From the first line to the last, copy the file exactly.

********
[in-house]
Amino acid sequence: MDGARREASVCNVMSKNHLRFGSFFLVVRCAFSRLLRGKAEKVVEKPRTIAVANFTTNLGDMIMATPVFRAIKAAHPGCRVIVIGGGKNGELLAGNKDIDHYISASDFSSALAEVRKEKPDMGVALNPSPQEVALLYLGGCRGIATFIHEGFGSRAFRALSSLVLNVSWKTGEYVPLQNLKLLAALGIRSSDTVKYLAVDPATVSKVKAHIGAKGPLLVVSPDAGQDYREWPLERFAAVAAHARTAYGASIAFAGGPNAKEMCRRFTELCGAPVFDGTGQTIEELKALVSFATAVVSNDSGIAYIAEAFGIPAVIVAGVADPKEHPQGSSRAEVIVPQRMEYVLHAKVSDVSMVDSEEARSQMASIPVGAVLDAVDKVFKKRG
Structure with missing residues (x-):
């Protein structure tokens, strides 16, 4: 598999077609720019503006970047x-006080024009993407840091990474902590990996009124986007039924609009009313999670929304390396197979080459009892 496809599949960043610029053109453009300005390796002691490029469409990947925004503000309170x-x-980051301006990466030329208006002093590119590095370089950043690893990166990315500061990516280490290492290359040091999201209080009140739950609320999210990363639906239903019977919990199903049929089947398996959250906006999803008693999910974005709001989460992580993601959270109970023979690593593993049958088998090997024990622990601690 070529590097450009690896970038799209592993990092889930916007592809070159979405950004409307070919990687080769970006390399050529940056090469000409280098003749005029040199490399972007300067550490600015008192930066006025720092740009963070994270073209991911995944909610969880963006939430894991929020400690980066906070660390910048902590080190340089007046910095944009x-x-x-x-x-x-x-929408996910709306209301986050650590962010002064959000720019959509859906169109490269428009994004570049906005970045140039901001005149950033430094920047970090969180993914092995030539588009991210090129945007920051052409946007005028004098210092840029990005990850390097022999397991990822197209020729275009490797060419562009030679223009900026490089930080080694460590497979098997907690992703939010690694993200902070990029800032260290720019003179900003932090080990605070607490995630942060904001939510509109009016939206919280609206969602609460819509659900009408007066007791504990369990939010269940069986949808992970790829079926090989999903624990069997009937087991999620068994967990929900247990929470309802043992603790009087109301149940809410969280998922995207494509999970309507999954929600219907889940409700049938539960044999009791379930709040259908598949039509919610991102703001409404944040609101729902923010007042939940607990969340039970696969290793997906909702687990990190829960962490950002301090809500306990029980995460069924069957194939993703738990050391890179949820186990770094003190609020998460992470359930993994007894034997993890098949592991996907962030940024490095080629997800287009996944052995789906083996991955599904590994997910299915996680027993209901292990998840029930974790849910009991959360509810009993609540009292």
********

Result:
[in-house]
Amino acid sequence: MDGARREASVCNVMSKNHLRFGSFFLVVRCAFSRLLRGKAEKVVEKPRTIAVANFTTNLGDMIMATPVFRAIKAAHPGCRVIVIGGGKNGELLAGNKDIDHYISASDFSSALAEVRKEKPDMGVALNPSPQEVALLYLGGCRGIATFIHEGFGSRAFRALSSLVLNVSWKTGEYVPLQNLKLLAALGIRSSDTVKYLAVDPATVSKVKAHIGAKGPLLVVSPDAGQDYREWPLERFAAVAAHARTAYGASIAFAGGPNAKEMCRRFTELCGAPVFDGTGQTIEELKALVSFATAVVSNDSGIAYIAEAFGIPAVIVAGVADPKEHPQGSSRAEVIVPQRMEYVLHAKVSDVSMVDSEEARSQMASIPVGAVLDAVDKVFKKRG
Structure with missing residues (x-):
């Protein structure tokens, strides 16, 4: 598999077609720019503006970047x-006080024009993407840091990474902590990996009124986007039924609009009313999670929304390396197979080459009892 496809599949960043610029053109453009300005390796002691490029469409990947925004503000309170x-x-980051301006990466030329208006002093590119590095370089950043690893990166990315500061990516280490290492290359040091999201209080009140739950609320999210990363639906239903019977919990199903049929089947398996959250906006999803008693999910974005709001989460992580993601959270109970023979690593593993049958088998090997024990622990601690 070529590097450009690896970038799209592993990092889930916007592809070159979405950004409307070919990687080769970006390399050529940056090469000409280098003749005029040199490399972007300067550490600015008192930066006025720092740009963070994270073209991911995944909610969880963006939430894991929020400690980066906070660390910048902590080190340089007046910095944009x-x-x-x-x-x-x-929408996910709306209301986050650590962010002064959000720019959509859906169109490269428009994004570049906005970045140039901001005149950033430094920047970090969180993914092995030539588009991210090129945007920051052409946007005028004098210092840029990005990850390097022999397991990822197209020729275009490797060419562009030679223009900026490089930080080694460590497979098997907690992703939010690694993200902070990029800032260290720019003179900003932090080990605070607490995630942060904001939510509109009016939206919280609206969602609460819509659900009408007066007791504990369990939010269940069986949808992970790829079926090989999903624990069997009937087991999620068994967990929900247990929470309802043992603790009087109301149940809410969280998922995207494509999970309507999954929600219907889940409700049938539960044999009791379930709040259908598949039509919610991102703001409404944040609101729902923010007042939940607990969340039970696969290793997906909702687990990190829960962490950002301090809500306990029980995460069924069957194939993703738990050391890179949820186990770094003190609020998460992470359930993994007894034997993890098949592991996907962030940024490095080629997800287009996944052995789906083996991955599904590994997910299915996680027993209901292990998840029930974790849910009991959360509810009993609540009292």